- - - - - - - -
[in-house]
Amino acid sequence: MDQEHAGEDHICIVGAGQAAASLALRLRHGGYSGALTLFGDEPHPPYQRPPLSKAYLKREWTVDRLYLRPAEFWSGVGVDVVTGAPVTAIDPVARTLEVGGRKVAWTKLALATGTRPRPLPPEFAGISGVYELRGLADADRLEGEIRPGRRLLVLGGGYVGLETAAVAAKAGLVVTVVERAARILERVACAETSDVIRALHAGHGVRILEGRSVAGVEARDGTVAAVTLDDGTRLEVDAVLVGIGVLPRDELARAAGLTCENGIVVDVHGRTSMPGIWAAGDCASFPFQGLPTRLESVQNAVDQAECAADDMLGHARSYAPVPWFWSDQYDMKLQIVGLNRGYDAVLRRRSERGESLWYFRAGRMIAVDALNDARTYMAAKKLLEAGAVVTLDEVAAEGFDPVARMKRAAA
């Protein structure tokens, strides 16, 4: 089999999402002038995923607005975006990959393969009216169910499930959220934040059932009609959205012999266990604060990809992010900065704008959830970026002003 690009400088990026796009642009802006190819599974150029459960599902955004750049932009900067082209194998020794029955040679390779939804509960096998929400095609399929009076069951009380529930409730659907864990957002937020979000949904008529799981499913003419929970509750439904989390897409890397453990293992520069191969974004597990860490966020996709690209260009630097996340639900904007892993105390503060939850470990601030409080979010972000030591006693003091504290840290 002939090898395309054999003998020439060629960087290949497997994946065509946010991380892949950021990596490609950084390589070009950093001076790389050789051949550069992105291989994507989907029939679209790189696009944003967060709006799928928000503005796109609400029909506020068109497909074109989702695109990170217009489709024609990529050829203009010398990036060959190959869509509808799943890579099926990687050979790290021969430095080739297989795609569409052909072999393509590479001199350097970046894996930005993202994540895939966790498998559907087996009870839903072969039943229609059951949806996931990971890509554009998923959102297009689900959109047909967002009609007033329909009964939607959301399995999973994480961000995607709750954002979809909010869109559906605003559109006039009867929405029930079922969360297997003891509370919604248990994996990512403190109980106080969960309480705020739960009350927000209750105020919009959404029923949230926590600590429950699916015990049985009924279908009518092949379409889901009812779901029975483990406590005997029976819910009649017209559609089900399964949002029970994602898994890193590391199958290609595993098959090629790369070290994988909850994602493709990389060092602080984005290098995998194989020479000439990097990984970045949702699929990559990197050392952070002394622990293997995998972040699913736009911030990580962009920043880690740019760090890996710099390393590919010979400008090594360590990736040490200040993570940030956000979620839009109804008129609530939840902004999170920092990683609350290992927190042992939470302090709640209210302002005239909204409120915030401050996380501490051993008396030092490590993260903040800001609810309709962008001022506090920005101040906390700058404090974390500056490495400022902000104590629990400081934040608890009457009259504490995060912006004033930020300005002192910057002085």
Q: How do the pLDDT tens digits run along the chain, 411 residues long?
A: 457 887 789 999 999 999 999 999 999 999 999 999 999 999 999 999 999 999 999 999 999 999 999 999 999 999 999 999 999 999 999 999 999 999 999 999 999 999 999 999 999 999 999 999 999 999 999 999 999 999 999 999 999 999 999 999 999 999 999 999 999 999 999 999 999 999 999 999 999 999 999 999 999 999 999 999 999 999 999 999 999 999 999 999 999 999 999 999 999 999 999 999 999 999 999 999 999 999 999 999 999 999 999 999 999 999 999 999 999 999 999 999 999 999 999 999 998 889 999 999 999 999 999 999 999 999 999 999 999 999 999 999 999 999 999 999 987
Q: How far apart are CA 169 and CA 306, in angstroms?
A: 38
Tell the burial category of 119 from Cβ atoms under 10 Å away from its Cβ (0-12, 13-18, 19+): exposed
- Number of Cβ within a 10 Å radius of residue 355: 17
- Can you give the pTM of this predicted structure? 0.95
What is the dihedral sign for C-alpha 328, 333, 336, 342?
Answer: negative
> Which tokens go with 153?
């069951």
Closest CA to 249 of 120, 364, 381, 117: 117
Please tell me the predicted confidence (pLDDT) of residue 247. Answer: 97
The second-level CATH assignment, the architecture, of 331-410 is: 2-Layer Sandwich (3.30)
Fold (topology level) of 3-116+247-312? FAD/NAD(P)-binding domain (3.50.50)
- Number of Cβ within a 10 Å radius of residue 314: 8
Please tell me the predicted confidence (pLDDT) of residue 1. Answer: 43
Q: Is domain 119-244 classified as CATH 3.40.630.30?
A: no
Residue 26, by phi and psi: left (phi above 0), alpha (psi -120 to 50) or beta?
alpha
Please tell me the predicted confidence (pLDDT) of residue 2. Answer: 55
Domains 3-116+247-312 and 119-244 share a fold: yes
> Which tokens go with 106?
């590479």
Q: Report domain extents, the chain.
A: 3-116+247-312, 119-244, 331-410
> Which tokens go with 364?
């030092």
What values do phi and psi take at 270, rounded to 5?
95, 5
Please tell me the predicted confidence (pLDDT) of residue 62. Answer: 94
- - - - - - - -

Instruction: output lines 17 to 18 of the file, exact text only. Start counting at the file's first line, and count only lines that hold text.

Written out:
The second-level CATH assignment, the architecture, of 331-410 is: 2-Layer Sandwich (3.30)
Fold (topology level) of 3-116+247-312? FAD/NAD(P)-binding domain (3.50.50)